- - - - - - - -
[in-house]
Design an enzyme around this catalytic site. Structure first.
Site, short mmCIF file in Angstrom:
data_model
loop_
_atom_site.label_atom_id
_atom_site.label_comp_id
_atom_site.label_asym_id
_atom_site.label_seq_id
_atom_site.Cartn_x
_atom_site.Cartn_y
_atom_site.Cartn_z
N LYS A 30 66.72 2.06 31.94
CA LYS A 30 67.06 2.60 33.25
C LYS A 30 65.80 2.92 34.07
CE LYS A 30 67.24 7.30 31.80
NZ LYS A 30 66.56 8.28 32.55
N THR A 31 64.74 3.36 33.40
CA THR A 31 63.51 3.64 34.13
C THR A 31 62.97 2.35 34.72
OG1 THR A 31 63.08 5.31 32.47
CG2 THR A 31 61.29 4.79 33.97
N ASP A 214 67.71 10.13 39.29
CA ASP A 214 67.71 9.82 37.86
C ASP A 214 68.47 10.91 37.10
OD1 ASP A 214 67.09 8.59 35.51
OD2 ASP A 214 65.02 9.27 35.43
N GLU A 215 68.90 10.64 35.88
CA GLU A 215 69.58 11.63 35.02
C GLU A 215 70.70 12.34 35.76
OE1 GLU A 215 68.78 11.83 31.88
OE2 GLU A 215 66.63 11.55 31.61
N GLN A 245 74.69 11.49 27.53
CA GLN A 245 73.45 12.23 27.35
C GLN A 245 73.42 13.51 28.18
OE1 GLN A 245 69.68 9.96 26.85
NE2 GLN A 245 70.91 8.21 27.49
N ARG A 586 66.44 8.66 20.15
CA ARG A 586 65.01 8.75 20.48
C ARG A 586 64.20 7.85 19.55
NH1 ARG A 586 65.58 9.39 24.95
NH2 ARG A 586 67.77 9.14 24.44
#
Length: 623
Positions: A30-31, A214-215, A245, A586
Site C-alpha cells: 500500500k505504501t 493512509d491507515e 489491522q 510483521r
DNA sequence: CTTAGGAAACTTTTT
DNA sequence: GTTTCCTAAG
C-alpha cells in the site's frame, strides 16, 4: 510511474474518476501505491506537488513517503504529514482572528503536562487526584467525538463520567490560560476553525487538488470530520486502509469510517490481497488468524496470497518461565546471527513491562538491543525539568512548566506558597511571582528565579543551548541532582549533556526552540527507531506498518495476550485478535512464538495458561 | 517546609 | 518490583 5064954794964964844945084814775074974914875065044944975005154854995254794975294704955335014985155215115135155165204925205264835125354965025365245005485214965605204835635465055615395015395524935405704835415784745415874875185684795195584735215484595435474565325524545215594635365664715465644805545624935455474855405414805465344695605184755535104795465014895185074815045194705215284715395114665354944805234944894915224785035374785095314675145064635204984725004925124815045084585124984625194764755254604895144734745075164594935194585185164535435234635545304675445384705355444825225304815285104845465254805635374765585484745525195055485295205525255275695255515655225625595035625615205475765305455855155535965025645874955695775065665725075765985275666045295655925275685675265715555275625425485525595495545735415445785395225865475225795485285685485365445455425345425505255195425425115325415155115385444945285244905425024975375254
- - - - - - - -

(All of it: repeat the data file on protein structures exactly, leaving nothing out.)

[in-house]
Design an enzyme around this catalytic site. Structure first.
Site, short mmCIF file in Angstrom:
data_model
loop_
_atom_site.label_atom_id
_atom_site.label_comp_id
_atom_site.label_asym_id
_atom_site.label_seq_id
_atom_site.Cartn_x
_atom_site.Cartn_y
_atom_site.Cartn_z
N LYS A 30 66.72 2.06 31.94
CA LYS A 30 67.06 2.60 33.25
C LYS A 30 65.80 2.92 34.07
CE LYS A 30 67.24 7.30 31.80
NZ LYS A 30 66.56 8.28 32.55
N THR A 31 64.74 3.36 33.40
CA THR A 31 63.51 3.64 34.13
C THR A 31 62.97 2.35 34.72
OG1 THR A 31 63.08 5.31 32.47
CG2 THR A 31 61.29 4.79 33.97
N ASP A 214 67.71 10.13 39.29
CA ASP A 214 67.71 9.82 37.86
C ASP A 214 68.47 10.91 37.10
OD1 ASP A 214 67.09 8.59 35.51
OD2 ASP A 214 65.02 9.27 35.43
N GLU A 215 68.90 10.64 35.88
CA GLU A 215 69.58 11.63 35.02
C GLU A 215 70.70 12.34 35.76
OE1 GLU A 215 68.78 11.83 31.88
OE2 GLU A 215 66.63 11.55 31.61
N GLN A 245 74.69 11.49 27.53
CA GLN A 245 73.45 12.23 27.35
C GLN A 245 73.42 13.51 28.18
OE1 GLN A 245 69.68 9.96 26.85
NE2 GLN A 245 70.91 8.21 27.49
N ARG A 586 66.44 8.66 20.15
CA ARG A 586 65.01 8.75 20.48
C ARG A 586 64.20 7.85 19.55
NH1 ARG A 586 65.58 9.39 24.95
NH2 ARG A 586 67.77 9.14 24.44
#
Length: 623
Positions: A30-31, A214-215, A245, A586
Site C-alpha cells: 500500500k505504501t 493512509d491507515e 489491522q 510483521r
DNA sequence: CTTAGGAAACTTTTT
DNA sequence: GTTTCCTAAG
C-alpha cells in the site's frame, strides 16, 4: 510511474474518476501505491506537488513517503504529514482572528503536562487526584467525538463520567490560560476553525487538488470530520486502509469510517490481497488468524496470497518461565546471527513491562538491543525539568512548566506558597511571582528565579543551548541532582549533556526552540527507531506498518495476550485478535512464538495458561 | 517546609 | 518490583 5064954794964964844945084814775074974914875065044944975005154854995254794975294704955335014985155215115135155165204925205264835125354965025365245005485214965605204835635465055615395015395524935405704835415784745415874875185684795195584735215484595435474565325524545215594635365664715465644805545624935455474855405414805465344695605184755535104795465014895185074815045194705215284715395114665354944805234944894915224785035374785095314675145064635204984725004925124815045084585124984625194764755254604895144734745075164594935194585185164535435234635545304675445384705355444825225304815285104845465254805635374765585484745525195055485295205525255275695255515655225625595035625615205475765305455855155535965025645874955695775065665725075765985275666045295655925275685675265715555275625425485525595495545735415445785395225865475225795485285685485365445455425345425505255195425425115325415155115385444945285244905425024975375254